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This charger charges the battery until it reaches a specific voltage and then it trickle charges the battery until it is removed.
A simple charger equivalent to a AC-DC wall adapter. It applies 300mA to the battery at all times, which damages the battery if left connected too long.
A battery charger is a device used to put energy into a cell or (rechargeable) battery by forcing an electric current through it.
The charge current depends upon the technology and capacity of the battery being charged. For example, the current that should be applied to recharge a 12 V car battery will be very different to the current for a mobile phone battery.
Types of battery chargers
A simple charger works by connecting a constant DC power source to the battery being charged. The simple charger does not alter its output based on time or the charge on the battery. This simplicity means that a simple charger is inexpensive, but there is a tradeoff in quality. Typically, a simple charger takes longer to charge a battery to prevent severe over-charging. Even so, a battery left in a simple charger for too long will be weakened or destroyed due to over-charging.
The output of a timer charger is terminated after a pre-determined time. Timer chargers were the most common type for Ni-Cd cells in the late 1990s for example.
Often a timer charger and set of batteries could be bought as a bundle and the charger time was set to suit those batteries. If batteries of lower capacity were charged then they would be overcharged, and if batteries of higher capacity were charged they would be only partly charged. With the trend for battery technology to increase capacity year on year, an old timer charger would only partly charge the newer batteries.
Output current depends upon the battery's state. An intelligent charger may monitor the battery's voltage, temperature and/or time under charge to determine the optimum charge current at that instant. Charging is terminated when a combination of the voltage, temperature and/or time indicates that the battery is fully charged.
For Ni-Cd and NiMH batteries, the voltage over the battery increases slowly during the charging process, until the battery is fully charged. After that, the voltage decreases, which indicates to an intelligent charger that the battery is fully charged. Such chargers are often labeled as a ΔV charger, indicating that they monitor the voltage change.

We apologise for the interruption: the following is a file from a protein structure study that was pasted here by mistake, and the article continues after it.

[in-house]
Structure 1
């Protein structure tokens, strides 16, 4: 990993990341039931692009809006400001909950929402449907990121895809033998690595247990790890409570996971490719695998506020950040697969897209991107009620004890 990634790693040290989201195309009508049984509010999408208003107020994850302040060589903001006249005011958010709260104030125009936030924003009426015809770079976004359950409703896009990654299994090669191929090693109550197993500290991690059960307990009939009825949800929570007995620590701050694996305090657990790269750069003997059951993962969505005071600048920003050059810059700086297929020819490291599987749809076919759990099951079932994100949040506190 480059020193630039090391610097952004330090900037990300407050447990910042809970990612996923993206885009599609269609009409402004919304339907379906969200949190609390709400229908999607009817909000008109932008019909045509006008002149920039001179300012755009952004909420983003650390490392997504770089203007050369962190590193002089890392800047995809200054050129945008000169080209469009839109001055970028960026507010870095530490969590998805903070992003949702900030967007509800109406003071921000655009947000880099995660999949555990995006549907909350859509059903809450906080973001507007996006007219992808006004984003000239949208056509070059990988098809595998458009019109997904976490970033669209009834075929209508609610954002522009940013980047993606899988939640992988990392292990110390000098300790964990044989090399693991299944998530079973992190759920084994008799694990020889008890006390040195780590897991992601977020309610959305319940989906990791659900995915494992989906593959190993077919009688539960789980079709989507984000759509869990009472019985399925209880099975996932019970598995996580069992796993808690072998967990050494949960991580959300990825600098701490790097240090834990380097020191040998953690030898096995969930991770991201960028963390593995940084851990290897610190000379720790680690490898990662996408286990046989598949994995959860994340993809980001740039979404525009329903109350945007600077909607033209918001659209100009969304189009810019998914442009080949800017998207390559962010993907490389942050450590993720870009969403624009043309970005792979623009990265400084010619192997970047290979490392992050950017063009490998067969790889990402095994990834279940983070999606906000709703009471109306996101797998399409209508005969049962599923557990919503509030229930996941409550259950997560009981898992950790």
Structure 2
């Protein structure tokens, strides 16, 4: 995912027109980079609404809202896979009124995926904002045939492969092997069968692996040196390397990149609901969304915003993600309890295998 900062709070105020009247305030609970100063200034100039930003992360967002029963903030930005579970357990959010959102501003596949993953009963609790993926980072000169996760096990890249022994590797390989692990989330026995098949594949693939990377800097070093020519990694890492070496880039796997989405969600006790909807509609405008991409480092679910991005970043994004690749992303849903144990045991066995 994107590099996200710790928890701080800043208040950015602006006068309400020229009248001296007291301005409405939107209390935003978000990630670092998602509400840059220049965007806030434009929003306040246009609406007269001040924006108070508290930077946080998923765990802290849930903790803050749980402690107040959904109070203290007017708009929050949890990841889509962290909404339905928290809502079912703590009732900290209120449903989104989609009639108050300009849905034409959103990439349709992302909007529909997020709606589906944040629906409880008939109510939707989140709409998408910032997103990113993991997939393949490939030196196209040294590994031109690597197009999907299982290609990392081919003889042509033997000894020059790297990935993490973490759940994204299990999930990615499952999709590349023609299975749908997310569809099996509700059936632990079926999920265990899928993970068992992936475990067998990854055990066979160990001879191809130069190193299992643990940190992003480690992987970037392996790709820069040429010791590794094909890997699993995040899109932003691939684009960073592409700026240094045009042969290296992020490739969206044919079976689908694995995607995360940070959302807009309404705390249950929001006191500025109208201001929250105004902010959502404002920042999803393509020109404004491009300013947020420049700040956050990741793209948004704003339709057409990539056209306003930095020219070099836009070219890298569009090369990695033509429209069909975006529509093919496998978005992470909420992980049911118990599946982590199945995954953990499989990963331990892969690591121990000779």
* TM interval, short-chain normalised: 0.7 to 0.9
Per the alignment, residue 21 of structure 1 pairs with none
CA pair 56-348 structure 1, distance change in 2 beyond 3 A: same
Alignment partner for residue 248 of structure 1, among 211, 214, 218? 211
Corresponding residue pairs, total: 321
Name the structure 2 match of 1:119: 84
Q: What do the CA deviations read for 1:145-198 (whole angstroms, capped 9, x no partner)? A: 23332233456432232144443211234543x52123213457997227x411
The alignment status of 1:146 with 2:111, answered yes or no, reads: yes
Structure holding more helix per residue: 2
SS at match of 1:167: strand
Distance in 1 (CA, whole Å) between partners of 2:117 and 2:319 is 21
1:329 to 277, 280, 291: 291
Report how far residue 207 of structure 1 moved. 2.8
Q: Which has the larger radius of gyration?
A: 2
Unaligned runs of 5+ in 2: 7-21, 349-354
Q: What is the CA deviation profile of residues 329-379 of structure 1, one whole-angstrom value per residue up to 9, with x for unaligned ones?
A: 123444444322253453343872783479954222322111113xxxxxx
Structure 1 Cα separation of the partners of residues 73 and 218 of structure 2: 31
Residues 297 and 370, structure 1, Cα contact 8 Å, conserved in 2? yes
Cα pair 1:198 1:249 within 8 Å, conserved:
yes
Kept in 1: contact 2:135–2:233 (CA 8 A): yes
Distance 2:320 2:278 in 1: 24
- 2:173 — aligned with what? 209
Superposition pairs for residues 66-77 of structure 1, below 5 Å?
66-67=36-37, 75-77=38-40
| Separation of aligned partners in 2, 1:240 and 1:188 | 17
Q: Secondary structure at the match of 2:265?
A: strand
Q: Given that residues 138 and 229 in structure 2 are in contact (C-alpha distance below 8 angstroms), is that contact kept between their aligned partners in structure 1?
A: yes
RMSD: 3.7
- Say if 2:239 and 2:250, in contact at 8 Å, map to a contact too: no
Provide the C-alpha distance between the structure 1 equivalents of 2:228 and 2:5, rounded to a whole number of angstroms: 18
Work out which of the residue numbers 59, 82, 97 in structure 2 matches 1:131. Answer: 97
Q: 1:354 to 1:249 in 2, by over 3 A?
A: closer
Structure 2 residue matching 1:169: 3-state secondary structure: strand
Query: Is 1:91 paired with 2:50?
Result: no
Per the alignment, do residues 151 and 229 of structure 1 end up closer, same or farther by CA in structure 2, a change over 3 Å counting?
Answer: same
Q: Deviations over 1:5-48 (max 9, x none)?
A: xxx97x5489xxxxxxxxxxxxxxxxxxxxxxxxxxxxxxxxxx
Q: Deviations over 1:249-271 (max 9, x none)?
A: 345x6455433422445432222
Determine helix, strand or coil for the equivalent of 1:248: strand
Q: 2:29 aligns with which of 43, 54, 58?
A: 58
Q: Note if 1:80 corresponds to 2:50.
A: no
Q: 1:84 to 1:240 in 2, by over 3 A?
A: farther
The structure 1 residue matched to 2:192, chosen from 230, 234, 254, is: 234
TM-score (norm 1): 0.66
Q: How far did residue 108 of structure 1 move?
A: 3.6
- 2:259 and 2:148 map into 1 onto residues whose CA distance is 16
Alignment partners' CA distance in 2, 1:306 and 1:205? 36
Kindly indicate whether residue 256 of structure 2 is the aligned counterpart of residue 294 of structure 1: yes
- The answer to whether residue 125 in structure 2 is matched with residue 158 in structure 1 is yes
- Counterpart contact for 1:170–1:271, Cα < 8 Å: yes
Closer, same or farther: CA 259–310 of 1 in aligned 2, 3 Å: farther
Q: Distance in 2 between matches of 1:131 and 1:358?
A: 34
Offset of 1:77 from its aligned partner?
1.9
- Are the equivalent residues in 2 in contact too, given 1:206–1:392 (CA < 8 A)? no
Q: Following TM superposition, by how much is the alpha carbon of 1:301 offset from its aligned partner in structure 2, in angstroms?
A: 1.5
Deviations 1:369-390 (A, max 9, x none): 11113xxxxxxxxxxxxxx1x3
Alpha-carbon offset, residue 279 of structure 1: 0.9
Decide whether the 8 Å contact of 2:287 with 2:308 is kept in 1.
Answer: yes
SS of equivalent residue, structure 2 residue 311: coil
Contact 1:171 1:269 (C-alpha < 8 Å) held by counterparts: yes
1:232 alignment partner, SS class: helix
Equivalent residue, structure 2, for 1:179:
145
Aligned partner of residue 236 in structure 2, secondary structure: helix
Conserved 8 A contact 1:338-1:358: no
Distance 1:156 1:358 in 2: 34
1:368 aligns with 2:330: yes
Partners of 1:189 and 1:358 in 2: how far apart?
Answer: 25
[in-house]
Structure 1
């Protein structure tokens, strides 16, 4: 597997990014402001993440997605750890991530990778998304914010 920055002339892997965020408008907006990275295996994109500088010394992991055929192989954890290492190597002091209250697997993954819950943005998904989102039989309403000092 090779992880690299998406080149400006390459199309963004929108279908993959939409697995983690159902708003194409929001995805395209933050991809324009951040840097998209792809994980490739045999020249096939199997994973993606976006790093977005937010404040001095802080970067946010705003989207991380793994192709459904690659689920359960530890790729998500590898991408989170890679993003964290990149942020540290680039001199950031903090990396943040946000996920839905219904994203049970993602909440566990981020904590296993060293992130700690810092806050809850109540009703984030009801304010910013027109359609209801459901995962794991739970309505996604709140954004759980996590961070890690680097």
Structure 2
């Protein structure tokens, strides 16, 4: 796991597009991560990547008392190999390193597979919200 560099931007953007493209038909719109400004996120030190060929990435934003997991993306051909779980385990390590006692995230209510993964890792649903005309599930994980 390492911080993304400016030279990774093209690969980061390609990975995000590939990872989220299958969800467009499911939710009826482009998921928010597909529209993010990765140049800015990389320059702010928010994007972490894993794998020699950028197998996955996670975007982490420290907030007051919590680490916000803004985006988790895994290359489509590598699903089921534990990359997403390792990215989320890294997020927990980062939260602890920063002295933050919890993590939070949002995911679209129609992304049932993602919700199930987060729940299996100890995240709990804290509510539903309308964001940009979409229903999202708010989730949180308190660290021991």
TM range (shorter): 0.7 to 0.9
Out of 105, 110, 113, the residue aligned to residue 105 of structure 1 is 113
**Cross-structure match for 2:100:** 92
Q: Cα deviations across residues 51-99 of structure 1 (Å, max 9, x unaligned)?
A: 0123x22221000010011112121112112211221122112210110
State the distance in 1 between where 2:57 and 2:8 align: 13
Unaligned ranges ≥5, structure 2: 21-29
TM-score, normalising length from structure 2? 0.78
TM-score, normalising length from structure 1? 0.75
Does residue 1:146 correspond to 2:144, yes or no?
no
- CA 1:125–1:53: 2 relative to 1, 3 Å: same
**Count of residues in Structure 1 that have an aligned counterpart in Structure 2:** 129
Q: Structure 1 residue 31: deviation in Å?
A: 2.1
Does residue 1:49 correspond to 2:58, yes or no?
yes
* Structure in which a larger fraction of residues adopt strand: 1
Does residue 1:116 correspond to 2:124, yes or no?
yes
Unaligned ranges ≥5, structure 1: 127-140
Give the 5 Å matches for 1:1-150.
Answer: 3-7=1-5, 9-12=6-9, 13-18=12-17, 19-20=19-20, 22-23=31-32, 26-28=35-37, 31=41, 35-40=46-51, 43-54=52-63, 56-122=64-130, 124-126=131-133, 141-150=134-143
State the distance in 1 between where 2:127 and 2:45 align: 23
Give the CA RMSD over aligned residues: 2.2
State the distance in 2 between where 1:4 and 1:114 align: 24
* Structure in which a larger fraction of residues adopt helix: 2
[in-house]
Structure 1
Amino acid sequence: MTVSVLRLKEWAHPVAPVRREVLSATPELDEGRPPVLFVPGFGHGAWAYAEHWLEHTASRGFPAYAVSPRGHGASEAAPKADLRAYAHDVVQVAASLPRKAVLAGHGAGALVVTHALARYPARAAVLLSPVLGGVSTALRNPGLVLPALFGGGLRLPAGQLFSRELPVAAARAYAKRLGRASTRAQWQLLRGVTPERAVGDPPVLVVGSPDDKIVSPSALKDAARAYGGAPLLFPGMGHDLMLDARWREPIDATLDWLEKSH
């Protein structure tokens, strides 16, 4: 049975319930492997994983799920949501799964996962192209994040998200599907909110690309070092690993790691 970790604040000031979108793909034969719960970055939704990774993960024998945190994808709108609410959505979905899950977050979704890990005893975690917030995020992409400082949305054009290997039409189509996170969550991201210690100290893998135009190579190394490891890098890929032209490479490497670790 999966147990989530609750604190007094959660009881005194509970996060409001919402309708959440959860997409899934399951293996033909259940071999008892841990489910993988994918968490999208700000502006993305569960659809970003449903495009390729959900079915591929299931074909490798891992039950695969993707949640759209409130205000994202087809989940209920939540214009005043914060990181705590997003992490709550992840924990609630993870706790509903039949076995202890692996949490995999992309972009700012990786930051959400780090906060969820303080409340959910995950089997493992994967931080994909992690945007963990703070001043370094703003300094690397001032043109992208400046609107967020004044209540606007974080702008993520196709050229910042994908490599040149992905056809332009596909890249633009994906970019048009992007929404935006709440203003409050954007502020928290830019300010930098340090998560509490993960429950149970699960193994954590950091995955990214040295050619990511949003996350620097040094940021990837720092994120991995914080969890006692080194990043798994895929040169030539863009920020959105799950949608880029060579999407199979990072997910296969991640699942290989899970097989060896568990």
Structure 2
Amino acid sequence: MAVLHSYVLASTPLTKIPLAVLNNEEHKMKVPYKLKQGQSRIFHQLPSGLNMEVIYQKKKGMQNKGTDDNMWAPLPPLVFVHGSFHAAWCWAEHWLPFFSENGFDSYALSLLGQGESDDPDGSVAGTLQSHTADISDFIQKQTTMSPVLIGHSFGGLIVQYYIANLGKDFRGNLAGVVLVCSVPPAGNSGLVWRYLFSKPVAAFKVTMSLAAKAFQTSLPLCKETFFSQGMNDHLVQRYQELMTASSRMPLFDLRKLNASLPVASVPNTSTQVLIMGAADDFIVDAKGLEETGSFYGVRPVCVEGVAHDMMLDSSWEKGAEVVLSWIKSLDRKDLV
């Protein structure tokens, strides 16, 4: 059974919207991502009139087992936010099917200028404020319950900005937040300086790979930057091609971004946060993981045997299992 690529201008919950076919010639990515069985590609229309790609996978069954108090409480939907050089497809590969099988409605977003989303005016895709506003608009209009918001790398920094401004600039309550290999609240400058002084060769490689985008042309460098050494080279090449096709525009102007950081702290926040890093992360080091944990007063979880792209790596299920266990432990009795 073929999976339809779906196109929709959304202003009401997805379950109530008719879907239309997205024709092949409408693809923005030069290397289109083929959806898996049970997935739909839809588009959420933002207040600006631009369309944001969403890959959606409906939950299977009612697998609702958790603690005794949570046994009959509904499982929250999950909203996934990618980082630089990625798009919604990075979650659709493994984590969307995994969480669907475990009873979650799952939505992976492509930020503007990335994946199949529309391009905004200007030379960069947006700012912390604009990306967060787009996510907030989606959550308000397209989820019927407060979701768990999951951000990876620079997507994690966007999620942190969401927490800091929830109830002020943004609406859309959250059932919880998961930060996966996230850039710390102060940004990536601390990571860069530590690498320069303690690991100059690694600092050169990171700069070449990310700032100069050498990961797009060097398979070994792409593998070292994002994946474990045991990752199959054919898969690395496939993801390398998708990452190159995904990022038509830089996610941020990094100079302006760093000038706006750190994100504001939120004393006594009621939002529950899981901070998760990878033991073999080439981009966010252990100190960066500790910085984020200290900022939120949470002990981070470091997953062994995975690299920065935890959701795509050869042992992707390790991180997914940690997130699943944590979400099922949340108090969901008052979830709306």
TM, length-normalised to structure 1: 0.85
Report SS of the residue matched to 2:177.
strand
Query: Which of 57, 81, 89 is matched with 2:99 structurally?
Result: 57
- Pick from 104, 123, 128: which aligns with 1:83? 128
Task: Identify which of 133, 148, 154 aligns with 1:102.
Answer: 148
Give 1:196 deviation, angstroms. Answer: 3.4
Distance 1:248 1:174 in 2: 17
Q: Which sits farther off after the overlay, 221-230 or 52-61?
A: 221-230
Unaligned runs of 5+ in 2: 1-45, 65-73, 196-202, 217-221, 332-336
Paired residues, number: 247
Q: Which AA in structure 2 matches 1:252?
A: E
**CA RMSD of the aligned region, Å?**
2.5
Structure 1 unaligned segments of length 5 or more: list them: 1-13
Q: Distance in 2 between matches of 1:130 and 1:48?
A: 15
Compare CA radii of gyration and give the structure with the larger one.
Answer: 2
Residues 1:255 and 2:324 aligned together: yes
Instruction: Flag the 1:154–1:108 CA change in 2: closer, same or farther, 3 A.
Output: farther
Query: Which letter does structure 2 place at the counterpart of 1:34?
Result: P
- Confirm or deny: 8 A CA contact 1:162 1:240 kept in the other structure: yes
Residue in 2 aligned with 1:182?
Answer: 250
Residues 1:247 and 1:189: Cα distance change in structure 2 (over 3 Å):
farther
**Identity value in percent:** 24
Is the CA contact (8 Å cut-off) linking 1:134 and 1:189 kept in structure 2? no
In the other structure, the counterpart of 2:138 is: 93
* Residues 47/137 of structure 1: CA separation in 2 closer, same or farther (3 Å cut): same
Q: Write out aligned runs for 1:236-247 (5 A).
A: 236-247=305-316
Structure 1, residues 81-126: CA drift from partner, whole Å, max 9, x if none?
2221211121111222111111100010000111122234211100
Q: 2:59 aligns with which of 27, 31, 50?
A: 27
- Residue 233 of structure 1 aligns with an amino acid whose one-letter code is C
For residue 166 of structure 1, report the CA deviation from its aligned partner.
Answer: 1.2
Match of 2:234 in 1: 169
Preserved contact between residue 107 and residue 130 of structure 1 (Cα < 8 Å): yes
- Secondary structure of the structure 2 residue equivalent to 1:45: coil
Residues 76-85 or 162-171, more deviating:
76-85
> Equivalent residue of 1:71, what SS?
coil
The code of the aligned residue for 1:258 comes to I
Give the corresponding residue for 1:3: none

Fast chargers, made by VARTA and other companies, make use of control circuitry in the batteries being charged to rapidly charge the batteries without damaging the cells' elements. Most such chargers have a cooling fan to help keep the temperature of the cells under control. Most are also capable of acting as a standard overnight charger if used with standard NiMH cells that do not have the special control circuitry.
Since the Universal Serial Bus specification provides for a five-volt power supply, it's possible to use a USB receptable as a power source for recharging batteries. Products based on this approach include chargers designed to charge standard NiMH cells, and custom NiMH batteries with built-in USB plugs and circuitry which eliminate the need for a separate charger.
A short circuit (connecting the output terminals together) does not usually damage a simple battery charger. For that reason it is a suitable source of DC voltage for experimentation. It may, however, require an external capacitor to be connected across its output terminals in order to "smooth" the voltage sufficiently, which may be thought of as a DC voltage plus a "ripple" voltage added to it. To see the difference between connecting and not connecting a capacitor, connect also an oscilloscope across the output terminals. Note that there may be an internal resistance connected to limit the short circuit current, and the value of that internal resistance may have to be taken into consideration in experiments.
Pay-per-charge kiosk, illustrating the variety of mobile phone charger connectors.
Mobile phone charger
Battery chargers for mobile phones and other devices are notable in that they come in a wide variety of connector-styles and voltages, most of which are not compatible with other manufactuers' phones or even different models of phones from a single manufacturer. In many cases, although a connector may be the same for devices from the same brand or compatible with a device from another brand, the actual charging parameters may differ – using a charger just because it has the "right" connector may result in an inadequate charge or even permanently damage the device.
Users of publicly accessible charging kiosks must be able to cross-reference connectors with device brands/models and individual charge parameters and thus ensure delivery of the correct charge for their mobile device. A database-driven system is one solution, and is being incorporated into some of the latest designs of charging kiosks.
There are also human-powered chargers sold on the market, which typically consists of a dynamo powered by a hand crank and extension cords.  There are also solar chargers.
China is making a national standard on mobile phone chargers using USB port.
- ^ http://www.en.varta-consumer.com/15minutes?&, from a VARTA website
- ^ http://www.everfast.com.hk/catalog/usb-stick-battery-charger-aa-nano-usb-battery-charger-aa-aa-p-78.html
- ^ http://www.usbcell.com/support/faqsection/5, from a Moixa Energy website
- ^ The charge of the mobile phone brigade, a July 2004 opinion column from The Age
- ^ an example of a commercialised human-powered charger
- ^ example of solar charger
- ^ China to work out national standard for mobile phone chargers
Categories: Energy conversion | NiMH chargers | BEV components